Monday, March 9, 2009

Happy "Heathens" Rejoice

Hell in a hand basket?

The new American Religious Identification Survey shows that Americans identifying themselves as belonging to a religious group is down across the board, with self-identified Christians down 11% in the last 18 years. The change is the greatest in the Northeast and the West, but in all 50 states, Americans saying they have no particular religion are on the rise. Because the U.S. Census does not ask about religion, the ARIS survey was the first comprehensive study of how people identify their spiritual expression…

The ARIS research also led in quantifying and planting a label on the "Nones" — people who said "None" when asked the survey's basic question: "What is your religious identity?"

The survey itself may have contributed to a higher rate of reporting as sociologists began analyzing the newly identified Nones. "The Nones may have felt more free to step forward, less looked upon as outcasts" after the ARIS results were published, [ARIS co-researcher Ariela] Keysar says."


There are several good non-theist subject films available on DVD:

Julia Sweeney's Letting Go of God

Bill Maher's Religulous

and BBC's Jonathan Miller's A Brief History of Disbelief


Anonymous said...

Take THAT, Fundies. And now our evil, Marxist President has overturned Bush's ban on Federal funding for stem cell research. Now, if we can just end DOMA.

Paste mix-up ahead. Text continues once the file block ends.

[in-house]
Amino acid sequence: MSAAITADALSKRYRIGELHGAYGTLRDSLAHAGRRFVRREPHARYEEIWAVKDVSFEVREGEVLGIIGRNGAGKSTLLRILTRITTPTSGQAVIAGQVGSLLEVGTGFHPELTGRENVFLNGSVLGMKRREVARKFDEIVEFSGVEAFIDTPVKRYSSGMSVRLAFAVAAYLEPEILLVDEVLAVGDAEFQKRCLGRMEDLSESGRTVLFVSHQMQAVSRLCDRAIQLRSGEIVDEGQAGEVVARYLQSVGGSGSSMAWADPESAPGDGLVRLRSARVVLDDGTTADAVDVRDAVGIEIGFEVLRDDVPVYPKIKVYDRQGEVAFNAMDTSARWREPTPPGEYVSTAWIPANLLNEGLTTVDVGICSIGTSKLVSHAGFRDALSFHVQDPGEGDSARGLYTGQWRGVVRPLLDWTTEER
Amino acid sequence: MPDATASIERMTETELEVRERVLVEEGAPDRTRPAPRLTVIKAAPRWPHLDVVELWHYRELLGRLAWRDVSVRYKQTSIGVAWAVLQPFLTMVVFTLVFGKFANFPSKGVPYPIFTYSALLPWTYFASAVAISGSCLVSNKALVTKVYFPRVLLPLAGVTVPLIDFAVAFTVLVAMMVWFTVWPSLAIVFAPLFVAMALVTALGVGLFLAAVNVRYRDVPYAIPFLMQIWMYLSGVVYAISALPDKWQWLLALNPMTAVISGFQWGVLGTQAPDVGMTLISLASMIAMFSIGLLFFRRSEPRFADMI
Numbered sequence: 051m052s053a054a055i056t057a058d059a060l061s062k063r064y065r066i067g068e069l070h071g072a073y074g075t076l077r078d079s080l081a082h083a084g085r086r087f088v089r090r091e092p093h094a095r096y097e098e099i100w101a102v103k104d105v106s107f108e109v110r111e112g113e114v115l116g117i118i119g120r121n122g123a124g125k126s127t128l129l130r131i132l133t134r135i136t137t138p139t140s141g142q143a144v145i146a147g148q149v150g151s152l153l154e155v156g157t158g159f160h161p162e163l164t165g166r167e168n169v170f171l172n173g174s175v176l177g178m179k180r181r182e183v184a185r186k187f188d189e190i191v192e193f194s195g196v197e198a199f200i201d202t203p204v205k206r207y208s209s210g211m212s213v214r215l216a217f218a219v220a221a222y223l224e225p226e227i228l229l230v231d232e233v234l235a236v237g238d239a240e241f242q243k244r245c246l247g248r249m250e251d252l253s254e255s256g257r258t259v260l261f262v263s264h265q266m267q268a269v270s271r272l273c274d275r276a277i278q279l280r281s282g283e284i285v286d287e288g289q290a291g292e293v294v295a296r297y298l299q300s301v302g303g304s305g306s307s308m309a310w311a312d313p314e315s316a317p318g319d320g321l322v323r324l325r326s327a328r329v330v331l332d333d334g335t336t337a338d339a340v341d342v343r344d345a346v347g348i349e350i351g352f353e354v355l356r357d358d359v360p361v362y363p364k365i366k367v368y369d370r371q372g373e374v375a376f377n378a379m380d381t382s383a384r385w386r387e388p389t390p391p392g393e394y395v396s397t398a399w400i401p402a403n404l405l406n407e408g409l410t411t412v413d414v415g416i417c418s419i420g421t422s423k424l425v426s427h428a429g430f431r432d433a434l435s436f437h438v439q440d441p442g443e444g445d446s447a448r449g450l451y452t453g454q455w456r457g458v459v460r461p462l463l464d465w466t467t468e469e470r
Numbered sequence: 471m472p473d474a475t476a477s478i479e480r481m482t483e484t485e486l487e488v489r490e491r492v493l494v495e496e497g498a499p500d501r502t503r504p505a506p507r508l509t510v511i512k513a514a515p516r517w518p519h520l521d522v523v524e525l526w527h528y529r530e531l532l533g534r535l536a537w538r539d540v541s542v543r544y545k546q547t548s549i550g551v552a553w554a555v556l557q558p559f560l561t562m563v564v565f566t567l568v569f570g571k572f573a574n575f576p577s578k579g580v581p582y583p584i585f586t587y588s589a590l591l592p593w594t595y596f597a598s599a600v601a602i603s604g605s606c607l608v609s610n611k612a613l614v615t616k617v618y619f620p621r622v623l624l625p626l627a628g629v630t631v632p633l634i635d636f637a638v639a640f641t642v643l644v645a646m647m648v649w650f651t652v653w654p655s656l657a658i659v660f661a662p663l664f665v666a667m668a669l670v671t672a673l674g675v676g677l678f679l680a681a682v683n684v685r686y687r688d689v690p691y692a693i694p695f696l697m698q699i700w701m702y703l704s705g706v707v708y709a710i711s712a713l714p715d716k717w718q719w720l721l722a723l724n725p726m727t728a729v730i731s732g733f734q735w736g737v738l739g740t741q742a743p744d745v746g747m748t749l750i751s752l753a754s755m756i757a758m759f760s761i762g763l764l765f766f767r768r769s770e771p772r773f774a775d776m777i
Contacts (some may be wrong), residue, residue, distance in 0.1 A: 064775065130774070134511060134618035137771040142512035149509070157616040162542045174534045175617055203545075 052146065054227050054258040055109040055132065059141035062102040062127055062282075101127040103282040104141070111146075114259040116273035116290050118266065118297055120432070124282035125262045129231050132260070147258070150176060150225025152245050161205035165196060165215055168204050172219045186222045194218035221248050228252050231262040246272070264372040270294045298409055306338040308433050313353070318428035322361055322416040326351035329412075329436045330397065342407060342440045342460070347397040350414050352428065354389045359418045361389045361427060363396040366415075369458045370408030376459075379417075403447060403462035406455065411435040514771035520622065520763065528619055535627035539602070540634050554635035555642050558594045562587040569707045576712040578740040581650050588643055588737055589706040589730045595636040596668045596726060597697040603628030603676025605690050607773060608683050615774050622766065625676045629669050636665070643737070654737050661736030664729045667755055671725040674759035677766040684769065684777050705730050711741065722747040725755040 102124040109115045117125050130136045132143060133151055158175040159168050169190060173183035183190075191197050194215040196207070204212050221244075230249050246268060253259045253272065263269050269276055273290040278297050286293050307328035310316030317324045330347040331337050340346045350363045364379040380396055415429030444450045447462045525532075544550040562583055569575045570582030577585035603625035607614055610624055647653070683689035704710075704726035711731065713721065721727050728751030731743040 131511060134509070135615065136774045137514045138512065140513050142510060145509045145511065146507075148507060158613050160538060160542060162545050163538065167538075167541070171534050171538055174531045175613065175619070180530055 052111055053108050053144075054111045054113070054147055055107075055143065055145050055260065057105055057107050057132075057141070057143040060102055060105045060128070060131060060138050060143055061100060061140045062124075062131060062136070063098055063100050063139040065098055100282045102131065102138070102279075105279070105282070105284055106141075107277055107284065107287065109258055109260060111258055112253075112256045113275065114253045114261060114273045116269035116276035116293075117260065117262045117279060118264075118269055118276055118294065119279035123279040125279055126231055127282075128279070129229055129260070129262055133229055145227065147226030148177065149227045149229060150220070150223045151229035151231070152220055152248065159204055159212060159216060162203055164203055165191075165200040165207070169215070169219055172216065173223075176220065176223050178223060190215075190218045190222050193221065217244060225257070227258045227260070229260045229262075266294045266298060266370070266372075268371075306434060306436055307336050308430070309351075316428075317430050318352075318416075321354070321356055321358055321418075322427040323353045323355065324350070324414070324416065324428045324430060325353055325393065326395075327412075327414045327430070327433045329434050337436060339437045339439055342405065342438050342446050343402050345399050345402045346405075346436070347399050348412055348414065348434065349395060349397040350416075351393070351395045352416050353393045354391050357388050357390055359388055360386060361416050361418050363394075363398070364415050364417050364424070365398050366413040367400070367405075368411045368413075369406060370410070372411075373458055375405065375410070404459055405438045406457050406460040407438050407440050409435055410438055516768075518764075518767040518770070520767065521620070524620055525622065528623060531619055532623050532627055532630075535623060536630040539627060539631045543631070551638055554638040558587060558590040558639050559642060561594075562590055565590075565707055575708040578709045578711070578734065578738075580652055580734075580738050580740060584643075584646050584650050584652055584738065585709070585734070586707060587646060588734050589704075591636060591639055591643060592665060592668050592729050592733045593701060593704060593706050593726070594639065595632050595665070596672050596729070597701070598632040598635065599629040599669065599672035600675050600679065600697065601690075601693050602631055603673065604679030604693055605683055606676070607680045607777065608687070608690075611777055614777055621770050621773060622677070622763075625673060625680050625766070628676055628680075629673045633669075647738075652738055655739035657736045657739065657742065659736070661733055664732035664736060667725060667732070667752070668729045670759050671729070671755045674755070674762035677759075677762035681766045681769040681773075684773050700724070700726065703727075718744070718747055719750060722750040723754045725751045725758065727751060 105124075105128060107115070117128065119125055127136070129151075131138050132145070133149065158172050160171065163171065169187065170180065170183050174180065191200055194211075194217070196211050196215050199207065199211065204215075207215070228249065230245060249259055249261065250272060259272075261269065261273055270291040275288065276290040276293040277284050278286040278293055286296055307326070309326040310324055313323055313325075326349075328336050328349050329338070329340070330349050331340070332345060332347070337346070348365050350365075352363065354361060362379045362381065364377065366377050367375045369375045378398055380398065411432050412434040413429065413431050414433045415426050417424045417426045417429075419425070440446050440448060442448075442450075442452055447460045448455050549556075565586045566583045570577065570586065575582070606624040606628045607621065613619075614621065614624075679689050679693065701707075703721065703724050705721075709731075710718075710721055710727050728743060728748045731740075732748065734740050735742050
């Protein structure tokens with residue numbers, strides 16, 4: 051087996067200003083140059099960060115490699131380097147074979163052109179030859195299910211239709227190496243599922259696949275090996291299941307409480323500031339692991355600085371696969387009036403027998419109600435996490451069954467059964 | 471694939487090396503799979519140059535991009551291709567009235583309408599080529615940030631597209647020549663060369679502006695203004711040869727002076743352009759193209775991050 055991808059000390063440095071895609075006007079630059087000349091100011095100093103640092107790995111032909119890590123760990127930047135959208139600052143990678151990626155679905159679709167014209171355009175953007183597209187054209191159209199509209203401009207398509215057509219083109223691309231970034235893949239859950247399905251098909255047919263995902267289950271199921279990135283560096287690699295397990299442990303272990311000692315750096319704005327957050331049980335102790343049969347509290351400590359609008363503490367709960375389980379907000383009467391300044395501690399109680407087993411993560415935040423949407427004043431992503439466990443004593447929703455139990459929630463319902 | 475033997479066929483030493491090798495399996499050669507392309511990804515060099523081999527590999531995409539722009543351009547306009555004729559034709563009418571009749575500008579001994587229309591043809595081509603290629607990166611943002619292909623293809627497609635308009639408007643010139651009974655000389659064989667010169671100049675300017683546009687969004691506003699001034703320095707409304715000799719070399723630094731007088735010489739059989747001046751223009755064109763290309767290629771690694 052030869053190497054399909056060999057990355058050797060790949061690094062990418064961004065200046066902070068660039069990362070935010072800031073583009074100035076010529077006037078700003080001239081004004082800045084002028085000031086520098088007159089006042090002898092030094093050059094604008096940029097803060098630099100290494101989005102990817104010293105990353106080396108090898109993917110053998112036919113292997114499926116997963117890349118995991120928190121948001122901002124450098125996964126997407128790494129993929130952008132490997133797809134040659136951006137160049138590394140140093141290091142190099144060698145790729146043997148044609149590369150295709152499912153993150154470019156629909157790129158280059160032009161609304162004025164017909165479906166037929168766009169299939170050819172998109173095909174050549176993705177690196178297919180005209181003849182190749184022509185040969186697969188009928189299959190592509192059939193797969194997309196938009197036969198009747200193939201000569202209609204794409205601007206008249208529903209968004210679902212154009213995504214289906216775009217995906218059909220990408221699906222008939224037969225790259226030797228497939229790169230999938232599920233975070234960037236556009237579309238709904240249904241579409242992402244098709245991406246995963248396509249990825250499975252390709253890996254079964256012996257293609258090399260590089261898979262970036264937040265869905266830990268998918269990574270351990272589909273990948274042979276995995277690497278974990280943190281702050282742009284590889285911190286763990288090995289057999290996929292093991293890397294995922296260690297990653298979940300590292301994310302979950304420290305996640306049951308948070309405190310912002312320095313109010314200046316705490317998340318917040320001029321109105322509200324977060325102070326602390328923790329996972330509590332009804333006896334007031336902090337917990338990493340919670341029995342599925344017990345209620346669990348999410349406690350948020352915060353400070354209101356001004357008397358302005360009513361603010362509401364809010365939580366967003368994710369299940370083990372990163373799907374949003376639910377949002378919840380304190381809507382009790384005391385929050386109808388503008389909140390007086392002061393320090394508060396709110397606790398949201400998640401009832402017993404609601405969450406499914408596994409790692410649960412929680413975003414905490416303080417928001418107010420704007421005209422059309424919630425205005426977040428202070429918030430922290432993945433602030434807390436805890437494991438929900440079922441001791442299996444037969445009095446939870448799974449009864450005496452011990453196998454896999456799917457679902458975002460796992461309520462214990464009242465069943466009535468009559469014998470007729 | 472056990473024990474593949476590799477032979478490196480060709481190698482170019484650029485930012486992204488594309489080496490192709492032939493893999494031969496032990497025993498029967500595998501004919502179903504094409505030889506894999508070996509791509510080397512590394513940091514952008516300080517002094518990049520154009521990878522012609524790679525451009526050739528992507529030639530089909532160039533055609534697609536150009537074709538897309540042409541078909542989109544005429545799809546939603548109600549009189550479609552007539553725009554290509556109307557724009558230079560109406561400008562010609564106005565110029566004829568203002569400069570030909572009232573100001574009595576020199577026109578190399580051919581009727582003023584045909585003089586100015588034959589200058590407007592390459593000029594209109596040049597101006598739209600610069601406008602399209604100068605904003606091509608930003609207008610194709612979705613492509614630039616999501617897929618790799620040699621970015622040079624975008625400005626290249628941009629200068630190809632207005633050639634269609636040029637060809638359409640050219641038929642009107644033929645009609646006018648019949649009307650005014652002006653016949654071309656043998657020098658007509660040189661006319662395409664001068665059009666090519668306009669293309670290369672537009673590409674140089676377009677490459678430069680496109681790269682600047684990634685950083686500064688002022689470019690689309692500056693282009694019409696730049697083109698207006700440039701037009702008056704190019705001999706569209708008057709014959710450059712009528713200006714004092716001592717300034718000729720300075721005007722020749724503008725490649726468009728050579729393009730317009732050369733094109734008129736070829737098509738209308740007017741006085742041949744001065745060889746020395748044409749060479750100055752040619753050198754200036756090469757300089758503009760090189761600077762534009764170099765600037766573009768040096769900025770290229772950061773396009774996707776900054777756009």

Samuel Wilson said...

I looked a little deeper at that survey and found that just slightly over 2% of respondents were willing to say that there was "no such thing" as God. So it's most likely that most of those who report "no religion" are not irreligious, but just refuse to take dictation from established authorities. Whether that's a change for the better or not is anybody's guess.

Pantheon Zeus said...

Among the key findings in the 2008 survey:

• So many Americans claim no religion at all (15%, up from 8% in 1990), that this category now outranks every other major U.S. religious group except Catholics and Baptists. In a nation that has long been mostly Christian, "the challenge to Christianity … does not come from other religions but from a rejection of all forms of organized religion," the report concludes.

• Catholic strongholds in New England and the Midwest have faded as immigrants, retirees and young job-seekers have moved to the Sun Belt. While bishops from the Midwest to Massachusetts close down or consolidate historic parishes, those in the South are scrambling to serve increasing numbers of worshipers.

• Baptists, 15.8% of those surveyed, are down from 19.3% in 1990. Mainline Protestant denominations, once socially dominant, have seen sharp declines: The percentage of Methodists, for example, dropped from 8% to 5%.

• The percentage of those who choose a generic label, calling themselves simply Christian, Protestant, non-denominational, evangelical or "born again," was 14.2%, about the same as in 1990.

• Jewish numbers showed a steady decline, from 1.8% in 1990 to 1.2% today. The percentage of Muslims, while still slim, has doubled, from 0.3% to 0.6%. Analysts within both groups suggest those numbers understate the groups' populations.

(from USA Today)